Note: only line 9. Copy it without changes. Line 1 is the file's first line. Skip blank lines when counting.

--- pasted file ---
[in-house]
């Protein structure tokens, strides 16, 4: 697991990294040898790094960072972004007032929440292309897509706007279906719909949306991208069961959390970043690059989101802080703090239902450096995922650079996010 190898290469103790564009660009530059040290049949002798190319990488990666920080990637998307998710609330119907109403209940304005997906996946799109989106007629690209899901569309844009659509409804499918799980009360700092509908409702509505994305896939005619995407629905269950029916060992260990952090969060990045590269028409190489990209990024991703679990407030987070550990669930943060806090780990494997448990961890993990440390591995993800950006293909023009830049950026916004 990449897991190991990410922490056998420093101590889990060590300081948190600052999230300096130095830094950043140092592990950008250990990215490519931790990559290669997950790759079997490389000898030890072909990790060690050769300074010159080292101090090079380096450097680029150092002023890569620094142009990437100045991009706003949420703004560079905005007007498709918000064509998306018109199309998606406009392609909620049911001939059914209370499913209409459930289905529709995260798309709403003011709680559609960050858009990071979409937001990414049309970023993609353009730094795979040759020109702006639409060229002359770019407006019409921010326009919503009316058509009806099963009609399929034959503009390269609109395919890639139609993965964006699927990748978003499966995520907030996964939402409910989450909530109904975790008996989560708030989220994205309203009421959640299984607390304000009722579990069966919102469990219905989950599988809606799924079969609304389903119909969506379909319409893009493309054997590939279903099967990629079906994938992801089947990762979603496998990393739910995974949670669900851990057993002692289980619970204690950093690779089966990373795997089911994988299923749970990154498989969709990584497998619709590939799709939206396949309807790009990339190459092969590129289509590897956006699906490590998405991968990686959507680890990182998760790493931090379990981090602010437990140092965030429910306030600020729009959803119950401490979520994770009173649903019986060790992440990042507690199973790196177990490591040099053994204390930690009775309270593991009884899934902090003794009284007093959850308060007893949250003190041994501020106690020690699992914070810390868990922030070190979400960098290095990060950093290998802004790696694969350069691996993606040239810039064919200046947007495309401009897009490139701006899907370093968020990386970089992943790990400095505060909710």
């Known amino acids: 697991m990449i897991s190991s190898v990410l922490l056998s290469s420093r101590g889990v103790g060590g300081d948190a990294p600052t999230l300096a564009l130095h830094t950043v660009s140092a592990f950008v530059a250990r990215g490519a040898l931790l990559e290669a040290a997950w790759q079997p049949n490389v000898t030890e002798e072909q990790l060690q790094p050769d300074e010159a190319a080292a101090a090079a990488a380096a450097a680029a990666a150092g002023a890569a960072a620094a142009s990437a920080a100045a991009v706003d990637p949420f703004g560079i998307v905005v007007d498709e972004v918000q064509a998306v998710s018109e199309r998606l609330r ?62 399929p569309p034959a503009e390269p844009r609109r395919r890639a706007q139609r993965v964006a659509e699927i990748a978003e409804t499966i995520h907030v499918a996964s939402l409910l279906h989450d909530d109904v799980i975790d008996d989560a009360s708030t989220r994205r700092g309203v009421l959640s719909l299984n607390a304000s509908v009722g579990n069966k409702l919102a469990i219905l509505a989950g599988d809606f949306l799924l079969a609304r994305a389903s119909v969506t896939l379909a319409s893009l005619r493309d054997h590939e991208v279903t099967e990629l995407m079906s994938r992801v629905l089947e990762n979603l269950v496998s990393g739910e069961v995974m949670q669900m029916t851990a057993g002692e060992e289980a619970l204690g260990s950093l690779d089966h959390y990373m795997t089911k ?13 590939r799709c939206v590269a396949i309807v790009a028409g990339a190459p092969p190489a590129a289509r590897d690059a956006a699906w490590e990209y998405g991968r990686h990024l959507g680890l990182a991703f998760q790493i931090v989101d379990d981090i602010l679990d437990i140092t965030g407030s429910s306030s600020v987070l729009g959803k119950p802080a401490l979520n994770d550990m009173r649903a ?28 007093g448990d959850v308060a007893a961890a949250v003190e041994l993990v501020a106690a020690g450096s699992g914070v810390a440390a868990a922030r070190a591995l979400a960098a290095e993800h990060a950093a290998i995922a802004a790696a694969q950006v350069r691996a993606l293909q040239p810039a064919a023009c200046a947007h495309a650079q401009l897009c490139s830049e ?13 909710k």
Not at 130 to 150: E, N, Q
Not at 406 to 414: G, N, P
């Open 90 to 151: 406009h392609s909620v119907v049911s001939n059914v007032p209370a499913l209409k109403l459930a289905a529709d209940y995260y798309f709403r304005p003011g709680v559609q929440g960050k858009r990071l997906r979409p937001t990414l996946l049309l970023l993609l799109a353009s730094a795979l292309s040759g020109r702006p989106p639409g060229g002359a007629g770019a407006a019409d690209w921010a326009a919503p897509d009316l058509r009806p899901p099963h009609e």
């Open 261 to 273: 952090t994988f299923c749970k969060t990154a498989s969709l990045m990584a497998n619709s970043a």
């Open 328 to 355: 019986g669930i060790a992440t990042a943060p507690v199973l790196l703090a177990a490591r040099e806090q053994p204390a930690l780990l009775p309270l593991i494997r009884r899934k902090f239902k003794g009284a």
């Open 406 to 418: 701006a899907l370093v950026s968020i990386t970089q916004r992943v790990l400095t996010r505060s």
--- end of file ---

């Open 406 to 418: 701006a899907l370093v950026s968020i990386t970089q916004r992943v790990l400095t996010r505060s």